• 20. pepper mint mentha x piperita Peppermint (Mentha × piperita, (also known symptoms, compared with just 38% of those as M. balsamea Willd) is a hybrid mint, a cross who took a placebo. between the watermint (Mentha aquatica) and spearmint (Mentha spicata). It is found wild Peppermint flowers are large nectar produc- occasionally with its parent species. ers and honey bees as well as other nectar Peppermint typically occurs in moist habitats, harvesting organisms forage them heavily. A including stream sides and drainage ditches. mild, pleasant varietal honey can be produced Being a hybrid, it is usually sterile, producing if there is a sufficient area of plants. no seeds and reproducing only vegetatively, spreading by its rhizomes. If placed, it can Peppermint oil is used by commercial pesti- grow almost anywhere. cide applicators, in the EcoSmart Technolo- gies line of products, as a natural insecticide. Peppermint has a long tradition of medicinal Peppermint generally thrives in moist, shaded use, with archaeological evidence placing its locations, and expands quickly by under- use at least as far back as ten thousand years ground stolons. It is often grown in containers ago. Peppermint has a high menthol content, to restrict rapid spreading. It grows best with a and is often used as tea and for flavouring good supply of water, and is often planted in ice cream, confectionery, chewing gum, and areas with part-sun to shade. toothpaste. The leaves and flowering tops are used, they The oil also contains menthone and menthyl are collected as soon as the flowers begin esters, particularly menthyl acetate. It is the to open and then are carefully dried. The oldest and most popular flavour of mint-fla- wild form of the plant is less suitable for this voured confectionery. Peppermint can also be purpose, with cultivated plants having been found in some shampoos and soaps, which selected for more and better oil content. give the hair a minty scent and produce a cooling sensation on the skin. The plant is also easy to spread by putting In 2007, Italian investigators reported that 75% stalks of the plant into water. They will grow of the patients in their study who took pepper- roots in a few days and then you can plant mint oil capsules for four weeks had a major them in new pots, or where you want them... reduction in irritable bowel syndrome (IBS 41
  • 21. shallot allium oschaninii, a. ascalonicum The term shallot is used to describe two different Allium species of plant which are perennials. The French gray challot or griselle, which has been considered to be the “true shallot” by many, is Allium oschaninii, a species that grows wild from Central to Southwest Asia. Other varieties of shallot are Allium cepa var. aggregatum (multiplier onions), also known as A. ascalonicum. Like garlic, shallots are formed in clusters of offsets with a head composed of multiple cloves. Their skin color can vary from golden brown to gray to rose red, and their off-white flesh is usually tinged with green or magenta. Shallots are much favored by chefs because of their firm texture and sweet, aromatic, yet pungent, flavor. The shallot is a relative of the onion, and tastes a bit like an onion, but has a sweeter, milder fla- vour. They can be stored for at least 6 months. The shallots are high in vitamin A, vitamin B6, manganese, vitamin C, folate and potassium. 43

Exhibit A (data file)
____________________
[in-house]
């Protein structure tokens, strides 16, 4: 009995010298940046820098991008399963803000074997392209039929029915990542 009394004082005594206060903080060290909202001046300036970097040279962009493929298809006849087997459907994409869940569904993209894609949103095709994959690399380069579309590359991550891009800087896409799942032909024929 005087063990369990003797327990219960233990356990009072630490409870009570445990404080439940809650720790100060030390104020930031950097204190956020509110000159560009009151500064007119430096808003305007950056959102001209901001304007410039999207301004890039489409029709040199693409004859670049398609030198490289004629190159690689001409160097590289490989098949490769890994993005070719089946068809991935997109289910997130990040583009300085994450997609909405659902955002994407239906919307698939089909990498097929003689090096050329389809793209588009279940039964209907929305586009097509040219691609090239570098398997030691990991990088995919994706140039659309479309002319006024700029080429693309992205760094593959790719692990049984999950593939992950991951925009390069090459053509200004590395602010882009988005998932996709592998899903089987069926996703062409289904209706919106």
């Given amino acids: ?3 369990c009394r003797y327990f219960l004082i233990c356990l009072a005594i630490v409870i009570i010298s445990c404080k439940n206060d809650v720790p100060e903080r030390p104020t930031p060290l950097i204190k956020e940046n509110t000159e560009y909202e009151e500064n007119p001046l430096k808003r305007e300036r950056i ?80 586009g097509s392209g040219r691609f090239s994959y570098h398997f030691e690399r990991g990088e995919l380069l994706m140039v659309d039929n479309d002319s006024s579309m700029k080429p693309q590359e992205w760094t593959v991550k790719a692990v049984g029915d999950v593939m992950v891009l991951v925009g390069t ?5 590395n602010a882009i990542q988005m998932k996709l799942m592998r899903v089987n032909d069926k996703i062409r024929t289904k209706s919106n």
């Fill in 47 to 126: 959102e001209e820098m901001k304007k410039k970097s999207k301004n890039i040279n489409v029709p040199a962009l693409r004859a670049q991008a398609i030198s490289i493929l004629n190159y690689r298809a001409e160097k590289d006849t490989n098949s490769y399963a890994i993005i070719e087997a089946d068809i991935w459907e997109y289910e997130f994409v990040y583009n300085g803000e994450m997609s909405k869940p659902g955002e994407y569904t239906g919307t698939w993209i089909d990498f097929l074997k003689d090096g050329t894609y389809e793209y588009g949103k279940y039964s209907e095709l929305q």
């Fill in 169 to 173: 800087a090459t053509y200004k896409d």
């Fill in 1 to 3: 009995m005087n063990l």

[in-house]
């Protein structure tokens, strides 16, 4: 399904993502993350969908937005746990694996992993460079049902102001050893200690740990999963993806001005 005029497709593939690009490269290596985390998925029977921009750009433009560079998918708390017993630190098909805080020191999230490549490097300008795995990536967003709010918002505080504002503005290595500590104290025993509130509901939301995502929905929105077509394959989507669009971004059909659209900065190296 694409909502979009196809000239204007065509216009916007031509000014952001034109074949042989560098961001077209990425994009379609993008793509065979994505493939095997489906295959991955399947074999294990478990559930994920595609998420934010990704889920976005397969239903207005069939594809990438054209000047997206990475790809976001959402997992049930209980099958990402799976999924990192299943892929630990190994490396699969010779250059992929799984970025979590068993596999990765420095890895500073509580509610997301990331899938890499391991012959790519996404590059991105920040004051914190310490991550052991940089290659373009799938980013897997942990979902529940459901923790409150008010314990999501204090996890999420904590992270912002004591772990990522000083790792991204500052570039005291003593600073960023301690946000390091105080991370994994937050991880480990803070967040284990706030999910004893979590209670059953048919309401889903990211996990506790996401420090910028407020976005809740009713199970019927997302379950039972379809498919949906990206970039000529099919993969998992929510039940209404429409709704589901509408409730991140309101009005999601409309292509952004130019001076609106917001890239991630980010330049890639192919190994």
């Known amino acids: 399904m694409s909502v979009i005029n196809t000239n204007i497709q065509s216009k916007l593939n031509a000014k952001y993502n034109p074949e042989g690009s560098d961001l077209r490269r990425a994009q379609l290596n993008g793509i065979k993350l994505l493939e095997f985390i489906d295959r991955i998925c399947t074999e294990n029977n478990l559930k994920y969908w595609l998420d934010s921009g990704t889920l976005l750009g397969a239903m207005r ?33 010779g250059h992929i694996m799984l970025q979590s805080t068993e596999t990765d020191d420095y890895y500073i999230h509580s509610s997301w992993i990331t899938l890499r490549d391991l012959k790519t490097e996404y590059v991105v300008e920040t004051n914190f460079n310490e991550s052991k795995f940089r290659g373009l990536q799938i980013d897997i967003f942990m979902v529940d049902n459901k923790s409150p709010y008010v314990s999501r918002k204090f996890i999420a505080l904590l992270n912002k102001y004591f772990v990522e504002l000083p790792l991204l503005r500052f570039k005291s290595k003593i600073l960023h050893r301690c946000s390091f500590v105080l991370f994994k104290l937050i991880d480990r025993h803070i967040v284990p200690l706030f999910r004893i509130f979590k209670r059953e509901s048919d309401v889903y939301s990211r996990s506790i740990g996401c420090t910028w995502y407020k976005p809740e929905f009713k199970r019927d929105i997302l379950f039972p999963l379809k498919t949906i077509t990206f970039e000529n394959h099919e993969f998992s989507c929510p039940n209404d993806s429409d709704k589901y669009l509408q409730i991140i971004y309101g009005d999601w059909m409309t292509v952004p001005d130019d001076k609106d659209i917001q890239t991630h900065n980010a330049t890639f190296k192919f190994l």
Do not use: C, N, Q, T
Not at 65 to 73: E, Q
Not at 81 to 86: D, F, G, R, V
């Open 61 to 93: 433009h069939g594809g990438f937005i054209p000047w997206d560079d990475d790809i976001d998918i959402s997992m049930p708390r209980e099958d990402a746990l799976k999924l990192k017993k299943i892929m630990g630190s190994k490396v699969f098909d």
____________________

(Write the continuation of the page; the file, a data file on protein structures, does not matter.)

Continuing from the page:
• 22. parsley - curly leaf & flat leaf petroselinum crispum, p. neapolitanum Nutritional value per 100 g , raw Energy 151 kJ (36 kcal) Carbohydrates 6.3 g Sugars 0.9 g Dietary fiber 3.3 g Fat 0.8 g Protein 3.0 g Thiamine (Vit. B1) 0.1 mg Riboflavin (Vit. B2) 0.2 mg Niacin (Vit. B3) 1.3 mg Pantothenic acid (B5) 0.4 mg Vitamin B6 0.1 mg Folate (Vit. B9) 152 μg Vitamin C 133.0 mg Vitamin K 1640.0 μg Calcium 138.0 mg Iron 6.2 mg Magnesium 50.0 mg Phosphorus 58.0 mg Potassium 554 mg Zinc 1.1 mg Parsley is widely used as a companion plant in gardens. Like many other members of the carrot family (umbellifers), it attracts predatory insects, including wasps and predatory flies to gardens, which then tend to protect plants nearby. In cold climates, parsley is biennial, not bloom- ing until its second year. It offers protection even in its first year as the strong scent of the parsley leaves appear to mingle with the tomato scent and confuse the search paradigms of the tomato moth. 45
  • 23. green beans phaseolus vulgaris Is also known as French beans, Runner beans, string beans and snap beans. Nutritional value per 100 g, raw green beans Energy 129 kJ (31 kcal) Carbohydrates 7.1 g Dietary fibre 3.6 g Fat 0.1 g Protein 1.8 g Vitamin C 16 mg Iron 1 mg Potassium 200 mg Over 130 varieties of snap bean are known. Varieties specialized for use as green beans, selected for the succulence and flavor of their pods, are the ones usually grown in the home vegetable garden, and many varieties exist. Pod color can be green, golden, purple, red, or streaked. Shapes range from thin “fillet” types to wide “romano” types and more common types in between. French Haricots verts (green beans) are bred for flavorful pods. Green beans are found in two major groups, bush beans and pole beans. Bush beans are short plants, growing to ap- proximately two feet in height, without requiring supports. They generally reach maturity and produce all of their fruit in a relatively short period of time, then cease to produce. Growing beans can give you more than one crop of bush beans in a season. 47